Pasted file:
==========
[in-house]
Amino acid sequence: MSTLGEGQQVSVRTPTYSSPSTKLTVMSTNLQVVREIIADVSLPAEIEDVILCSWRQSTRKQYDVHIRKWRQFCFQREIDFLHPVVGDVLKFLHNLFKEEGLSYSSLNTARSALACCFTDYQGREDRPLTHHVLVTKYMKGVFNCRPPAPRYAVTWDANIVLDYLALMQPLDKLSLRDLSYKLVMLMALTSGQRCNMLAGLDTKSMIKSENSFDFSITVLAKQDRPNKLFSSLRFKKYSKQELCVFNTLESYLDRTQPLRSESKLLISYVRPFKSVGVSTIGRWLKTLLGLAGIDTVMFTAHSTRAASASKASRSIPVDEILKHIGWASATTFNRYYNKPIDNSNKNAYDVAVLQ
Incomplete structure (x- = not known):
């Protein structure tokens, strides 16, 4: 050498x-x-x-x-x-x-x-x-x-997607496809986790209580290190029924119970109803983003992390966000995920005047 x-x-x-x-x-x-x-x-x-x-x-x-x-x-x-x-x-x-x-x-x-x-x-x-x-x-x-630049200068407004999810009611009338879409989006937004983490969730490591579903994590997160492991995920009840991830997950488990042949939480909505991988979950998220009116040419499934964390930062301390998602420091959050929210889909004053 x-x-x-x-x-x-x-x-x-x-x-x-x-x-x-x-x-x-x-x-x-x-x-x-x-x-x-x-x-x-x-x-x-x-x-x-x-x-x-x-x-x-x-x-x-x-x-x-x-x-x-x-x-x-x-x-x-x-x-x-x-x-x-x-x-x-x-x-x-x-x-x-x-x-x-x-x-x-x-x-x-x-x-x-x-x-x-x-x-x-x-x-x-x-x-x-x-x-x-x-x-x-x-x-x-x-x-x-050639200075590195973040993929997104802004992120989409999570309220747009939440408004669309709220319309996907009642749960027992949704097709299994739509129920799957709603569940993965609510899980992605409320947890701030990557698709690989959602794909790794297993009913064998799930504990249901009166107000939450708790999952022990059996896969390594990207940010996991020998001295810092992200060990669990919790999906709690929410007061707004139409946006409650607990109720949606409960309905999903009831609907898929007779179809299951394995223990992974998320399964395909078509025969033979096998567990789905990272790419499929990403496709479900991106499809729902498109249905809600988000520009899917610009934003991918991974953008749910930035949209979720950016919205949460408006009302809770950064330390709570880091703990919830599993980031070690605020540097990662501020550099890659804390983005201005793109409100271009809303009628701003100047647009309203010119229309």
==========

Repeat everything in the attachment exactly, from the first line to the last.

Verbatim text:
[in-house]
Amino acid sequence: MSTLGEGQQVSVRTPTYSSPSTKLTVMSTNLQVVREIIADVSLPAEIEDVILCSWRQSTRKQYDVHIRKWRQFCFQREIDFLHPVVGDVLKFLHNLFKEEGLSYSSLNTARSALACCFTDYQGREDRPLTHHVLVTKYMKGVFNCRPPAPRYAVTWDANIVLDYLALMQPLDKLSLRDLSYKLVMLMALTSGQRCNMLAGLDTKSMIKSENSFDFSITVLAKQDRPNKLFSSLRFKKYSKQELCVFNTLESYLDRTQPLRSESKLLISYVRPFKSVGVSTIGRWLKTLLGLAGIDTVMFTAHSTRAASASKASRSIPVDEILKHIGWASATTFNRYYNKPIDNSNKNAYDVAVLQ
Incomplete structure (x- = not known):
């Protein structure tokens, strides 16, 4: 050498x-x-x-x-x-x-x-x-x-997607496809986790209580290190029924119970109803983003992390966000995920005047 x-x-x-x-x-x-x-x-x-x-x-x-x-x-x-x-x-x-x-x-x-x-x-x-x-x-x-630049200068407004999810009611009338879409989006937004983490969730490591579903994590997160492991995920009840991830997950488990042949939480909505991988979950998220009116040419499934964390930062301390998602420091959050929210889909004053 x-x-x-x-x-x-x-x-x-x-x-x-x-x-x-x-x-x-x-x-x-x-x-x-x-x-x-x-x-x-x-x-x-x-x-x-x-x-x-x-x-x-x-x-x-x-x-x-x-x-x-x-x-x-x-x-x-x-x-x-x-x-x-x-x-x-x-x-x-x-x-x-x-x-x-x-x-x-x-x-x-x-x-x-x-x-x-x-x-x-x-x-x-x-x-x-x-x-x-x-x-x-x-x-x-x-x-x-050639200075590195973040993929997104802004992120989409999570309220747009939440408004669309709220319309996907009642749960027992949704097709299994739509129920799957709603569940993965609510899980992605409320947890701030990557698709690989959602794909790794297993009913064998799930504990249901009166107000939450708790999952022990059996896969390594990207940010996991020998001295810092992200060990669990919790999906709690929410007061707004139409946006409650607990109720949606409960309905999903009831609907898929007779179809299951394995223990992974998320399964395909078509025969033979096998567990789905990272790419499929990403496709479900991106499809729902498109249905809600988000520009899917610009934003991918991974953008749910930035949209979720950016919205949460408006009302809770950064330390709570880091703990919830599993980031070690605020540097990662501020550099890659804390983005201005793109409100271009809303009628701003100047647009309203010119229309």